“We do not have any record of a John Robson in 1860. The Queensland Police Force came into being in 1864. Records prior to this time are in NSW. There was a John Matthew Robson sworn in on the 04.03.1885 as a constable. He resigned on the 15.06.1885.
Qld Police Museum
Qld Police Service
200 Roma St
However, in 1867, he appeared in Sydney when he married Margaret at the Church of England, Paddington. John joined the NSW Police Force later in that year on 26 November.
The NSW police Archives gives a good description of John. I quote:
“John was born in Ireland in 1837, was 5 feet eleven tall, with brown eyes and hair and fresh complexion and smart appearance. He was married, a Protestant by faith and assigned to the Sydney Metropolitan area.
His initial rank was probational constable.”
The police area that John was assigned was Darlinghurst and my family told me that John was outposted to work in Paddington where he stayed until he retired in 1898.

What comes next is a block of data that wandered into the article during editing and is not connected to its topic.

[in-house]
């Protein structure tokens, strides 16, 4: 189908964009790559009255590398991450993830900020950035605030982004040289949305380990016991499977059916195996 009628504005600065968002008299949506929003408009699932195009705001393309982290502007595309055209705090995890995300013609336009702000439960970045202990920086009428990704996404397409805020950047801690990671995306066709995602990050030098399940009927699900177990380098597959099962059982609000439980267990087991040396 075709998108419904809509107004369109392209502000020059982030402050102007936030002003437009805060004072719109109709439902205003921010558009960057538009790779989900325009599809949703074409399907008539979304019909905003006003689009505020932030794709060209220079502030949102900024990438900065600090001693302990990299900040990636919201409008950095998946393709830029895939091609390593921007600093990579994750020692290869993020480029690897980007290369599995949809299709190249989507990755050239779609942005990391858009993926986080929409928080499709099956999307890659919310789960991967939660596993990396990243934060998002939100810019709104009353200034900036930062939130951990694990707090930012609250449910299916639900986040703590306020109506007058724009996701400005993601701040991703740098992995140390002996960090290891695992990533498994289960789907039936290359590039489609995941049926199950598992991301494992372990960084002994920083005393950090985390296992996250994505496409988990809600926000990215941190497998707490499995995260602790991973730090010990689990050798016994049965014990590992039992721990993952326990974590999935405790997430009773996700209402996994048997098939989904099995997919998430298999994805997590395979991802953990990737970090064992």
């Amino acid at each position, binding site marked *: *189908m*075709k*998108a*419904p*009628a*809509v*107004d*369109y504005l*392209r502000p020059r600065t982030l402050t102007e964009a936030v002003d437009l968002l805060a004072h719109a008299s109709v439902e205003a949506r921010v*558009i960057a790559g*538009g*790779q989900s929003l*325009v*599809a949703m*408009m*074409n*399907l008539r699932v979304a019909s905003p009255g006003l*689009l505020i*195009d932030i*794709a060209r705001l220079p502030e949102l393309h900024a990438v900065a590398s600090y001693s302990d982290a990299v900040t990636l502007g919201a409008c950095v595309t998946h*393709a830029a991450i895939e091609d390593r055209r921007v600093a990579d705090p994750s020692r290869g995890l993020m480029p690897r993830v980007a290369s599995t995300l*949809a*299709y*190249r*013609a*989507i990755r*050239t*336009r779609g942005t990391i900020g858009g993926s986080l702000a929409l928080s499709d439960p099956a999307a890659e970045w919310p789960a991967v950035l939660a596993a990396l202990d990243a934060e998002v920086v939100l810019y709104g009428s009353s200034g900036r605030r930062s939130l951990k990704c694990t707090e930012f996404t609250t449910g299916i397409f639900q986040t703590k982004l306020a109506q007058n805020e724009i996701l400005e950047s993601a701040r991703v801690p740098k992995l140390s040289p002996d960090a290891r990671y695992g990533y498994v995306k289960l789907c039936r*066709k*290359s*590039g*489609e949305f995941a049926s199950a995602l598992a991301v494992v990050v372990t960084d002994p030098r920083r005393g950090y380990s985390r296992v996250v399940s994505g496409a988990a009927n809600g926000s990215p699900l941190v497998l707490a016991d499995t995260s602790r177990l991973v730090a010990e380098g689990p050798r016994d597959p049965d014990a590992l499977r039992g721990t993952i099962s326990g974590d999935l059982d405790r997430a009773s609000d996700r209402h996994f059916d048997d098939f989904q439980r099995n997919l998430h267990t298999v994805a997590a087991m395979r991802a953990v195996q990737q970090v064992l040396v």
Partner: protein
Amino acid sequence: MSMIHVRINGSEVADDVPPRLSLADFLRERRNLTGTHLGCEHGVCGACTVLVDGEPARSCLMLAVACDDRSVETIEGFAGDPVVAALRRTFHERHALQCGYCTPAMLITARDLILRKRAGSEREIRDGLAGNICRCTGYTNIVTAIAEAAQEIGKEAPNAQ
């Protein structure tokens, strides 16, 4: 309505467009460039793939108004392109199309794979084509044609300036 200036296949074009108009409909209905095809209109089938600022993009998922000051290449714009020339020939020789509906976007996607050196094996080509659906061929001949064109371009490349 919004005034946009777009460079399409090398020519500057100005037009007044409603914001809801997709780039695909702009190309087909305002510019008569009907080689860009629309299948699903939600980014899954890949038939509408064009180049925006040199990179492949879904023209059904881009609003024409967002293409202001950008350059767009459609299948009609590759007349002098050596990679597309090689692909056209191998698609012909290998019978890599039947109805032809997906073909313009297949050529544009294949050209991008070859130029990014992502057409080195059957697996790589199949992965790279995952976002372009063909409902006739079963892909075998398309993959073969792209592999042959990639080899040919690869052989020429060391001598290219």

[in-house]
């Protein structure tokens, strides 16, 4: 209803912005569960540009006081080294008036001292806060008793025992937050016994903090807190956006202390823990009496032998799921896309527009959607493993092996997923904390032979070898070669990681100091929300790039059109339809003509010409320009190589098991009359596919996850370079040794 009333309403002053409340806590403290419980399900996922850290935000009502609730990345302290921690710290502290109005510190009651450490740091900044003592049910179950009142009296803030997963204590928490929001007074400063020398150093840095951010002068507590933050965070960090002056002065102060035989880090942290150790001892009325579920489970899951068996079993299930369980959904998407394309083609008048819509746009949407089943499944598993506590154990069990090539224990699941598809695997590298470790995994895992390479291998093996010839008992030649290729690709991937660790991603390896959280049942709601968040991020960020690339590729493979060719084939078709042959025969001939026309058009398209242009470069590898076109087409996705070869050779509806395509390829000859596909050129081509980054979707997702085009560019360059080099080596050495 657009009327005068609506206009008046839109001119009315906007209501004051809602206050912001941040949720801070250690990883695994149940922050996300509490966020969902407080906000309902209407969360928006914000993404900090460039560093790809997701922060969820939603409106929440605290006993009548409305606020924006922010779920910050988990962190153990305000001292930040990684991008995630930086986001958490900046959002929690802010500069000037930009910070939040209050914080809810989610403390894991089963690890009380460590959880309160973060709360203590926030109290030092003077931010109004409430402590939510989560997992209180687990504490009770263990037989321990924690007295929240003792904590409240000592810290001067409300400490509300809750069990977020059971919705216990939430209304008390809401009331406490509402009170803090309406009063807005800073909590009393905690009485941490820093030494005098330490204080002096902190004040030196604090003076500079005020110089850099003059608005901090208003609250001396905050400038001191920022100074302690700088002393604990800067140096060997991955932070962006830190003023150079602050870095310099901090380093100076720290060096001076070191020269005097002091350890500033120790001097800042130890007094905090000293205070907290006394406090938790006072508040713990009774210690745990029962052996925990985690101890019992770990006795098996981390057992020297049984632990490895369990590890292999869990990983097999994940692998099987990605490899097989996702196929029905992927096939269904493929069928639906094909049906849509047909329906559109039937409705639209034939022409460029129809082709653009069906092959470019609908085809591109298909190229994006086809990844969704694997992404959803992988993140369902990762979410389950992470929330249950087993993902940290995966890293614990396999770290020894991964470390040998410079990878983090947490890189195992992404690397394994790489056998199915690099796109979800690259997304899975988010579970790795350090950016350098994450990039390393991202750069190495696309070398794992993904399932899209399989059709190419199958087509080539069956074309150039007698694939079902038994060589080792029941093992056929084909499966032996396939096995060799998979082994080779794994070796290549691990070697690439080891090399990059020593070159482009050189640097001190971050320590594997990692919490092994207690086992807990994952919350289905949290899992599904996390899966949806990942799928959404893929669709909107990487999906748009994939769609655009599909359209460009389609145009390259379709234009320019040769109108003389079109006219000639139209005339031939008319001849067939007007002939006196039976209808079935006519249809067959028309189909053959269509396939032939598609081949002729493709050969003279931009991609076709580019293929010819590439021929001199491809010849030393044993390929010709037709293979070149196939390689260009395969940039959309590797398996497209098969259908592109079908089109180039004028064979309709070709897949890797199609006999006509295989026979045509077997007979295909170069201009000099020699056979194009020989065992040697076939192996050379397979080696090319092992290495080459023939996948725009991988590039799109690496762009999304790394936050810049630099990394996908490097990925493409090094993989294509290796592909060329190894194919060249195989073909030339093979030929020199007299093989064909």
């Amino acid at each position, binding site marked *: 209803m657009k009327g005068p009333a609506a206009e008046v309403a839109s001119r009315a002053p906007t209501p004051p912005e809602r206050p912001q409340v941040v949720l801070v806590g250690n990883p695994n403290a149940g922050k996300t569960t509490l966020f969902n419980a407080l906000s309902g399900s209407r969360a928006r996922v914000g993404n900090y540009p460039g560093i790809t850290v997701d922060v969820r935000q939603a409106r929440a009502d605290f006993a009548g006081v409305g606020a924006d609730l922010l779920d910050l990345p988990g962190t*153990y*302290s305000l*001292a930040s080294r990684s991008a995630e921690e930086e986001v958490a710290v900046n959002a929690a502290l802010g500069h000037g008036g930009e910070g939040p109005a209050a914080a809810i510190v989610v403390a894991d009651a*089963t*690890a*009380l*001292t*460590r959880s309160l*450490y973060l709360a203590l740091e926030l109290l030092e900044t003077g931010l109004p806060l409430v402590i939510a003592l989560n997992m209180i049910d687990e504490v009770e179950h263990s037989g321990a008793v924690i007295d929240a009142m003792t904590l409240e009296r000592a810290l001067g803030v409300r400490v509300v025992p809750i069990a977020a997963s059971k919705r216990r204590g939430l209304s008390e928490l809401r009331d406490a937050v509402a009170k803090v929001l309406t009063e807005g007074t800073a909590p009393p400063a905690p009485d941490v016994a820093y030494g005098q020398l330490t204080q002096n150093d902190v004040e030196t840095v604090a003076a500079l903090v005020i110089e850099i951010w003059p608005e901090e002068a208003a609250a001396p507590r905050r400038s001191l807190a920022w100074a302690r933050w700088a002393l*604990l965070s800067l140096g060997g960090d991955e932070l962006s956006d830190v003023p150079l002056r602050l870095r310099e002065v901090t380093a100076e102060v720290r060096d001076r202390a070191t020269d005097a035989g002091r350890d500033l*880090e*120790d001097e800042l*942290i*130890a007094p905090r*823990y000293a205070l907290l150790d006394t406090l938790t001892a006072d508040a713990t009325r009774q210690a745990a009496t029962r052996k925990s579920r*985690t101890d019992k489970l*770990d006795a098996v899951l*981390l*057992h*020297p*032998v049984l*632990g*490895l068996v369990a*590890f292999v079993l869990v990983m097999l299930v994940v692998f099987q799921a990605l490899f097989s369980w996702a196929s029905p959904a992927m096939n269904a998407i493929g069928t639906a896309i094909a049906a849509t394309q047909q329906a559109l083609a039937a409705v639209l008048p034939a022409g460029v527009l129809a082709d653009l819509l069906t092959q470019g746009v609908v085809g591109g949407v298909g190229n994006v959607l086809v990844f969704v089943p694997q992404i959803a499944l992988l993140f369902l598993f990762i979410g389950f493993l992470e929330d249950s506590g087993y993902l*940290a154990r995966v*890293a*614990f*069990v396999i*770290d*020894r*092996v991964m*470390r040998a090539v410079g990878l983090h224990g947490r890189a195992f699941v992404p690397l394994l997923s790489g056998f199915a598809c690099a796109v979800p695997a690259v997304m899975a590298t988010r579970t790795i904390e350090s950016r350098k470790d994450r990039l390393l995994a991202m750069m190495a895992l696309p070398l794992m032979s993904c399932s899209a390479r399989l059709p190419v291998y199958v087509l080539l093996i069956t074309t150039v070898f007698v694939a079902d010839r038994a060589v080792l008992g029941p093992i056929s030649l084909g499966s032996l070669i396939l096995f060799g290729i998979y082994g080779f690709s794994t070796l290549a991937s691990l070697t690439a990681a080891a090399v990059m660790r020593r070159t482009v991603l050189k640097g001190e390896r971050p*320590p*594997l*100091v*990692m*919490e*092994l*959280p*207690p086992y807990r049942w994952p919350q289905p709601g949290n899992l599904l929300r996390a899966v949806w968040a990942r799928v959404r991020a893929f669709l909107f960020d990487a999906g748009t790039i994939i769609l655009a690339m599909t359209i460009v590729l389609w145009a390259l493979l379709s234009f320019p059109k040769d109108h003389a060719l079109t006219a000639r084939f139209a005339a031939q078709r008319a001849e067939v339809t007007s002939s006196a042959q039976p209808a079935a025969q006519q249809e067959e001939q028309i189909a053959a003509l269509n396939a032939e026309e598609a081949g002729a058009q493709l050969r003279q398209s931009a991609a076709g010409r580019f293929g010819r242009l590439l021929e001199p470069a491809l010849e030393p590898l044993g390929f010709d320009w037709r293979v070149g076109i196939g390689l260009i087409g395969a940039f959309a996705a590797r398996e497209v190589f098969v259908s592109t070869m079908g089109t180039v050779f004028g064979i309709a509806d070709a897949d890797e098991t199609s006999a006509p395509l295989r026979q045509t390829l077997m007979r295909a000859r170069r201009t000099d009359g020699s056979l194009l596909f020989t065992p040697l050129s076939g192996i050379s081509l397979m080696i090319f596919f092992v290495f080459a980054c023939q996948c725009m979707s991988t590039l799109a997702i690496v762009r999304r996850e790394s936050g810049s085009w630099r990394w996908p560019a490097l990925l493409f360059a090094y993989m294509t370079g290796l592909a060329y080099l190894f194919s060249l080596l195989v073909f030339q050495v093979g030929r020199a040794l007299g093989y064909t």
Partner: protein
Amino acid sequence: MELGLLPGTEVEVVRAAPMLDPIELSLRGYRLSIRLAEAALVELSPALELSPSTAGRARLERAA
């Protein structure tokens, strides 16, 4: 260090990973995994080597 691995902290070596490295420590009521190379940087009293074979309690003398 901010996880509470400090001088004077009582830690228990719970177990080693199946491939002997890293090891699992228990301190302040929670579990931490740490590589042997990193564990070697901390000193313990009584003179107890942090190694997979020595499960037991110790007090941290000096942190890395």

I am not sure where John and Margaret first lived after their marriage but as they were married in Paddington and I imagine that they lived there. Also, Paddington police station did not exist in those days and the control station for the area was Darlinghurst. There may have had an outpost at Paddington as the area was rapidly growing. My family told me that John worked in Paddington until he retired. They also said that he was in charge of the station but even so, he could have been at a low rank. NSW police records show that he retired as a special 1st class constable.
Family life really started in 1869 when their first daughter, Sarah was born. The records say Sydney. Unfortunately, Sarah died in the same year.
Margaret Jane followed in 1870 and was the first of the family to be born in Paddington. A years break and my grandmother, Anna Elizabeth arrived in 1871, also in Paddington as are the girls that followed. Another Sarah, Sarah Florence was born in 1873 but died next year. Edith arrived in 1875 and finally, Mabel G in 1879..
Result, six girls of which four survived.
Of the six girls, five were named after Margaret and her sisters back in Ireland.
Anna, my grandmother told me that John was officer-in-charge at Paddington. and lived with his family in a number of houses in Paddington. Eventually, in 1884, the first record that I found was in the “Sands Directory” states that he lived in Underwood street and he moved to 53 Elizabeth in 1888 where he remained for the rest of his days. The three-storey building at 53 Elizabeth Street, Paddington is still there and in good condition.